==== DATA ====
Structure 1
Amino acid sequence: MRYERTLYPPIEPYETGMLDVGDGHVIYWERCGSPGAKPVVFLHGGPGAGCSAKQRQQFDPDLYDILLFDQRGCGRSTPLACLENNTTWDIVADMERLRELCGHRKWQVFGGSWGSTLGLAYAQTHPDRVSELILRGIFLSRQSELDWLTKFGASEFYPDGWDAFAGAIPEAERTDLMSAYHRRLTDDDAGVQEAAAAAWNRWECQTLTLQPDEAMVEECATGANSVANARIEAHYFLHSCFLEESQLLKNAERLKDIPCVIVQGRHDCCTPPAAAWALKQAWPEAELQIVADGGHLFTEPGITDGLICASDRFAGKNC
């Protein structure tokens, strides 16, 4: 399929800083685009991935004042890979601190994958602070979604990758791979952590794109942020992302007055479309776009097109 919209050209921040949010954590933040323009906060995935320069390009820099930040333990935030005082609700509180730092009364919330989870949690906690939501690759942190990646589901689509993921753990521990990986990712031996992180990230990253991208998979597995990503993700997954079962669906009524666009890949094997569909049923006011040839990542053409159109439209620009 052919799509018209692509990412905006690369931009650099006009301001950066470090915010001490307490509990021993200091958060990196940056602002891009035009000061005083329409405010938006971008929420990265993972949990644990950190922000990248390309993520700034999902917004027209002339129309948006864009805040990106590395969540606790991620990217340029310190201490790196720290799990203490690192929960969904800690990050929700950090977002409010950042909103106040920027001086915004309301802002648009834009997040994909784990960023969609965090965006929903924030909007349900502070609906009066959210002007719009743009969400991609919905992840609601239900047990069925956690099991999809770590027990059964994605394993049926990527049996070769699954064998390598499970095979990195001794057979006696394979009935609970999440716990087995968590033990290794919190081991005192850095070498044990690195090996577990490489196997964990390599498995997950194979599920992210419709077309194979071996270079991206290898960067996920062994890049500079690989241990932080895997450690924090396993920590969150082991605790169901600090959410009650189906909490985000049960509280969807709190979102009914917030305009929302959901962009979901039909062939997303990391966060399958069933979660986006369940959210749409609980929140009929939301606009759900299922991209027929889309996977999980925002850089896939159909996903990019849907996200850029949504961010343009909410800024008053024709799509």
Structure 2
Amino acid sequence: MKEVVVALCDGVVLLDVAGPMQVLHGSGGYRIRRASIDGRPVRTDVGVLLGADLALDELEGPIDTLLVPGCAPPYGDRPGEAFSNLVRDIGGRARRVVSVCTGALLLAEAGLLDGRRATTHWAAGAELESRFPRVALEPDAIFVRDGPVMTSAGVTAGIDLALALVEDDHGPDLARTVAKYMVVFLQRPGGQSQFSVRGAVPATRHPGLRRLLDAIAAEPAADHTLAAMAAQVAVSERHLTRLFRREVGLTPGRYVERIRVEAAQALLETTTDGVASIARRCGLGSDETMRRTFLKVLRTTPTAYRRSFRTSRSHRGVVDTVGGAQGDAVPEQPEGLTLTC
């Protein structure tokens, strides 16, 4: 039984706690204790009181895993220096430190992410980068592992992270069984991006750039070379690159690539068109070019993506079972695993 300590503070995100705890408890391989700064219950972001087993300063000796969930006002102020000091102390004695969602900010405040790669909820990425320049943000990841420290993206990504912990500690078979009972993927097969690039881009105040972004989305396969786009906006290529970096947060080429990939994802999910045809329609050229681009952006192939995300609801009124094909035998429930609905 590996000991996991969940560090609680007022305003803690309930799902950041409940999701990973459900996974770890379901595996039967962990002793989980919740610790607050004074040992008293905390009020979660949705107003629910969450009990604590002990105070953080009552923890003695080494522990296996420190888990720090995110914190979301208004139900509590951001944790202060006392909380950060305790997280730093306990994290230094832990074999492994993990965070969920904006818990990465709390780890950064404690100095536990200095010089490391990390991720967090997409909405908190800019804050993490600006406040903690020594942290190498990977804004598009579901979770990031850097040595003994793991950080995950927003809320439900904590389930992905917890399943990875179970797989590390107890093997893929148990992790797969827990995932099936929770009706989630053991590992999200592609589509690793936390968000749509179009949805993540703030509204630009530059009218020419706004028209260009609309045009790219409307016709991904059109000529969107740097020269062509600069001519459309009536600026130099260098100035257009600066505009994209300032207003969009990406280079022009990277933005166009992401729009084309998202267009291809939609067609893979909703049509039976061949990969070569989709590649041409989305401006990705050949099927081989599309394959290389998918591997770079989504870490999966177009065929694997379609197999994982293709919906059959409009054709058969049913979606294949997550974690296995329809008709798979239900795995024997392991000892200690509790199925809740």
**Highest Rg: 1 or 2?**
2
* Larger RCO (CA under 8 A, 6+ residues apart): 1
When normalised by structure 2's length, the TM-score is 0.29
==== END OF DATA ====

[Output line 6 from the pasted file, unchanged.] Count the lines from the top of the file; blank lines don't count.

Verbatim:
């Protein structure tokens, strides 16, 4: 039984706690204790009181895993220096430190992410980068592992992270069984991006750039070379690159690539068109070019993506079972695993 300590503070995100705890408890391989700064219950972001087993300063000796969930006002102020000091102390004695969602900010405040790669909820990425320049943000990841420290993206990504912990500690078979009972993927097969690039881009105040972004989305396969786009906006290529970096947060080429990939994802999910045809329609050229681009952006192939995300609801009124094909035998429930609905 590996000991996991969940560090609680007022305003803690309930799902950041409940999701990973459900996974770890379901595996039967962990002793989980919740610790607050004074040992008293905390009020979660949705107003629910969450009990604590002990105070953080009552923890003695080494522990296996420190888990720090995110914190979301208004139900509590951001944790202060006392909380950060305790997280730093306990994290230094832990074999492994993990965070969920904006818990990465709390780890950064404690100095536990200095010089490391990390991720967090997409909405908190800019804050993490600006406040903690020594942290190498990977804004598009579901979770990031850097040595003994793991950080995950927003809320439900904590389930992905917890399943990875179970797989590390107890093997893929148990992790797969827990995932099936929770009706989630053991590992999200592609589509690793936390968000749509179009949805993540703030509204630009530059009218020419706004028209260009609309045009790219409307016709991904059109000529969107740097020269062509600069001519459309009536600026130099260098100035257009600066505009994209300032207003969009990406280079022009990277933005166009992401729009084309998202267009291809939609067609893979909703049509039976061949990969070569989709590649041409989305401006990705050949099927081989599309394959290389998918591997770079989504870490999966177009065929694997379609197999994982293709919906059959409009054709058969049913979606294949997550974690296995329809008709798979239900795995024997392991000892200690509790199925809740």